Brad Mills-US PRESSWIRE
Washington Nationals' manager Davey Johnson and former skipper Frank Robinson talked about their shared history in Baltimore, stats and computers in interviews with reporters this past season.
A series with the Baltimore Orioles in mid-May had former O's player and manager Davey Johnson in a reflective mood. The 69-year-old Washington Nationals' skipper debuted in the majors in Baltimore in 1965, three years after he signed with the Orioles as an amateur free agent. Eight of Johnson's 13 MLB seasons were spent in an O's uniform and he returned to manage the team in 1996 and '97 before a conflict with the front office ended his time on the Orioles' bench.
It was his playing days Johnson looked back to in a conversation with reporters early this season, however, before he led the 2012 Washington Nationals into a three-game set with the Nats' regional rivals. More particularly, it was teammates like Brooks Robinson, Boog Powell, Paul Blair, Frank Robinson and Jim Palmer that Johnson mentioned, saying they were more like a family than a team at the time.
"It was my first big league team," Johnson said, "We tried to live close to each other, we did things off the field. We partied a lot. [The Orioles' owners] the Hoffbergers believed in partying. Of course we won a lot, so we had a lot to party for." A then 30-year-old Frank Robinson joined the Orioles in 1966 and won the Triple Crown, posting a .316/.410/.637 line with 34 doubles, 49 home runs, 122 RBIs, 87 walks and 90 Ks in 155 games and 680 PAs. Robinson helped lead Baltimore to a 4-0 sweep of the Los Angeles Dodgers and the first World Series Championship in franchise history.
Johnson and Robinson remained teammates with the Orioles until 1971 when Robinson was traded to LA. Johnson was dealt to Atlanta a year later. While they were teammates, they went to the World Series three more times, winning again in 1970 when the Orioles beat the Cincinnati Reds and losing to the New York Mets in 1969 and the Pittsburgh Pirates in 1971. When he thought back to those days, Johnson explained to reporters, it wasn't the on-field successes, but the parties, his teammates, the time he saved Frank Robinson from drowning in a pool, that he remembered.
"Those were great times," Johnson said, "I mean, it's funny, I remember those more than sweeping the Dodgers four straight and all the times I used to kick [Earl] Weaver's [butt] on the golf course."
Frank Robinson, who managed in Washington, D.C. in 2005 and 2006, returned to throw out the first pitch of the Nats' first postseason game since 1933 in Game 3 of the NLDS with St. Louis this past October, and he was asked by reporters that day what he remembered about his former teammate, who had led the Nationals to an NL East title and the best record in the league.
"Davey's had success wherever he's been," Robinson said, "So [it's'] not a surprise." As for their playing days together, the Hall of Famer said Johnson was, "... a good headsy hitter, a good headsy player, and he was a thinker. And if [Orioles' manager] Earl [Weaver] would hold still long enough, he would tell Earl how to do things. Earl wasn't having too much of it, but Davey was a real thinker back then. Sometimes he would think too much and that's where he got the name, 'Dum Dum,' because he used to get four hits and then go back out working on hitting the next day and think himself into an 0 for... but he was a good teammate and a good player. He knew the game and he played it well."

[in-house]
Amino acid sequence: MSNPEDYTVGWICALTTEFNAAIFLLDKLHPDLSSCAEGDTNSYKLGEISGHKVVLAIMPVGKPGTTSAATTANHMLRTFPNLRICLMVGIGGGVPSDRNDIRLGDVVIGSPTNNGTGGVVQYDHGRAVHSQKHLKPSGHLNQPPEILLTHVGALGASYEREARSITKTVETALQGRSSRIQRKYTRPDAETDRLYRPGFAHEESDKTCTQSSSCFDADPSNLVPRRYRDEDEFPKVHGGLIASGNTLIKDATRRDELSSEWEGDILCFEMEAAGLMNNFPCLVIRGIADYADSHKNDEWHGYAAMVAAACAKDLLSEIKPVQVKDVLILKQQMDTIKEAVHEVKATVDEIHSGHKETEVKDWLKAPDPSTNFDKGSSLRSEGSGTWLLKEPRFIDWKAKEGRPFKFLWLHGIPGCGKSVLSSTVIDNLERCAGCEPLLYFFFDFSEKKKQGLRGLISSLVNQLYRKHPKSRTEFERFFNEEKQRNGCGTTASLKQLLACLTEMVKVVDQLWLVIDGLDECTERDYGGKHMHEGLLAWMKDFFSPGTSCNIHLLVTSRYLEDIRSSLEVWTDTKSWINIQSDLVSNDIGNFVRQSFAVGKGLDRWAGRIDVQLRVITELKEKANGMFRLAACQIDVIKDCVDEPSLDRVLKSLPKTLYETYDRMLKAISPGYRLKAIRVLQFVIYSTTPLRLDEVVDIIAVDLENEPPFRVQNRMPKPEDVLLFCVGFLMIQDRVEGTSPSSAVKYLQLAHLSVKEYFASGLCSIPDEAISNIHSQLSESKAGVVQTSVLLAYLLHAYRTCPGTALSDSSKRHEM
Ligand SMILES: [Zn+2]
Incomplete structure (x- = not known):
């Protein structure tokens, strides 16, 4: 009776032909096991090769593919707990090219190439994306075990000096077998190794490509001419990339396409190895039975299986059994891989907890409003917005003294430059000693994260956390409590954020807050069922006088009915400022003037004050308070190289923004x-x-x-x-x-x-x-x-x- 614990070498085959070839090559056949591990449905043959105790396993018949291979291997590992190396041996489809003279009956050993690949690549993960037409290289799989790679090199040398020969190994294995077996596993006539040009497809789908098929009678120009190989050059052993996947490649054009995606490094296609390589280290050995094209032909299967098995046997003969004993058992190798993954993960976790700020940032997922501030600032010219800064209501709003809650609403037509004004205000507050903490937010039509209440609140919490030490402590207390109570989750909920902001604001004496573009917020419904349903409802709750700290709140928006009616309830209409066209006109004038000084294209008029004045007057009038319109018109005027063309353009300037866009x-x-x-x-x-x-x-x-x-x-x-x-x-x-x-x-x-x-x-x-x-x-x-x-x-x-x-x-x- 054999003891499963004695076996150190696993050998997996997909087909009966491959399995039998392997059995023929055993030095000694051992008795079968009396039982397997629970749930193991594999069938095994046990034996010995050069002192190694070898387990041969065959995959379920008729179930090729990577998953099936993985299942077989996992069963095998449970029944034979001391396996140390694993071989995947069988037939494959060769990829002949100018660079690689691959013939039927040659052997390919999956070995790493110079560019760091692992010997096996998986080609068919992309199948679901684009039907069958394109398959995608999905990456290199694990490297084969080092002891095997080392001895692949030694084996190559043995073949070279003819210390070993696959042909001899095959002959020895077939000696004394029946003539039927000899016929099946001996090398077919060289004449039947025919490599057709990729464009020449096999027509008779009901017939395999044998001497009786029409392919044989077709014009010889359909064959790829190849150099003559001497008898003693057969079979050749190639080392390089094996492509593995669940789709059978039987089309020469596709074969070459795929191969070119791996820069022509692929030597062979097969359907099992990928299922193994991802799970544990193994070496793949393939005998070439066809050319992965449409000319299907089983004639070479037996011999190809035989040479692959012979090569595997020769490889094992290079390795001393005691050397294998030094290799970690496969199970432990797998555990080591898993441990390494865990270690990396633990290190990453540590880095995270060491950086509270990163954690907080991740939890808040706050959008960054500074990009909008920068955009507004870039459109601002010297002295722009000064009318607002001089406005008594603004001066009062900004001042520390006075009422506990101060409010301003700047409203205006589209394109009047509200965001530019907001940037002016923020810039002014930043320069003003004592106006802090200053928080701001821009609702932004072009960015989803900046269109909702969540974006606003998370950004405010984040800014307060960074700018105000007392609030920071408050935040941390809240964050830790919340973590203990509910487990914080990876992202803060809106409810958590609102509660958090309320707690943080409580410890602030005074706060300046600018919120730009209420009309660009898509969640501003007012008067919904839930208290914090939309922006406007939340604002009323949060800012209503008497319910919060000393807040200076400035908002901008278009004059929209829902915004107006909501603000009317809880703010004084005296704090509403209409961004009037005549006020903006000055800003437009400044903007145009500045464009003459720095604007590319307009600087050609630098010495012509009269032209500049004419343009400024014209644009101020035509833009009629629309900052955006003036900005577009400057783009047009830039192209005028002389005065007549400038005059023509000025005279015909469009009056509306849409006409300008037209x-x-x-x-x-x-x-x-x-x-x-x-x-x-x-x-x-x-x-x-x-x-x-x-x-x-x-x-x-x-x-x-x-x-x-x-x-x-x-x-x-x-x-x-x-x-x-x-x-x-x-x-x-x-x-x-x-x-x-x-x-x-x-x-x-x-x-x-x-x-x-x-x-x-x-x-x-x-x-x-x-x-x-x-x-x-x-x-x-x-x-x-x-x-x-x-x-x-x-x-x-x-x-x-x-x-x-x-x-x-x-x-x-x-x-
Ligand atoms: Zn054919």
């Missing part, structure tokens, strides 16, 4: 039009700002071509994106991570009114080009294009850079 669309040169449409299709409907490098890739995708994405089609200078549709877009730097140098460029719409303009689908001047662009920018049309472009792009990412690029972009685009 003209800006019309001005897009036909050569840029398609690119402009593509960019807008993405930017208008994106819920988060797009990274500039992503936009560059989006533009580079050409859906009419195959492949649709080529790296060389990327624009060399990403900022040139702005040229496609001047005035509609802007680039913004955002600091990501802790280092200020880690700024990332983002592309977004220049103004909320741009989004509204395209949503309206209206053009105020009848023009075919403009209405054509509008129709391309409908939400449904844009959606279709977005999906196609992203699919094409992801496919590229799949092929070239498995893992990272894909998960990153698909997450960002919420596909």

Johnson studied mathematics and received a Bachelor's degree from Trinity University two years before debuting with the Orioles, earning the nickname bestowed on him by the O's when he used computers to come up with optimal lineups and discussed standard deviation theory with teammates. At the same time, as Joe Posnanski noted in an October article on the Nats' manager, Johnson watched Earl Weaver closely, learning all he could from the manager Mr. Posnanski wrote was, "... perhaps the greatest strategic manager the game has known."
Davey Johnson combined his interest in mathematics and statistics with what he picked up from Earl Weaver and his own history in the game. As Davey Johnson explained in an interview with former MASN Nats beat reporter Ben Goessling after Johnson took over on the bench, it's a combination of all he's learned over the years that he relies on when making decisions.
"I try to look at everything where, I always want the best decision for that moment,'" Johnson told the reporter, "'I try to be right all the time. I will gamble. I gamble with talent. I'll go against percentages sometimes. But that's more of an instinctual thing.'"
When he spoke to reporters late this season, Frank Robinson was asked if he thought some managers these days relied too much on statistics and managed by computer instead of focusing on baseball instincts like they used to in the past? If the reporter who asked was expecting to find a critic of statistical analysis in the 77-year-old, decidedly old-school Robinson, however, they had the wrong man.
"I don't know who's managing by the computer or whatever," Robinson said, "But a computer is a very important part of baseball operations now. And I think it's more the front office and the scouting department and people like that, the player development department that depends a lot on the computer. I think most managers are still managing by what they see and feel and what's going on in the course of a ballgame. That's the only way you can do it. You can't manage by a computer, and I don't think they do, but you get a lot of good information from the computer."
Bet he wouldn't have admitted that to Davey Johnson in the '60s.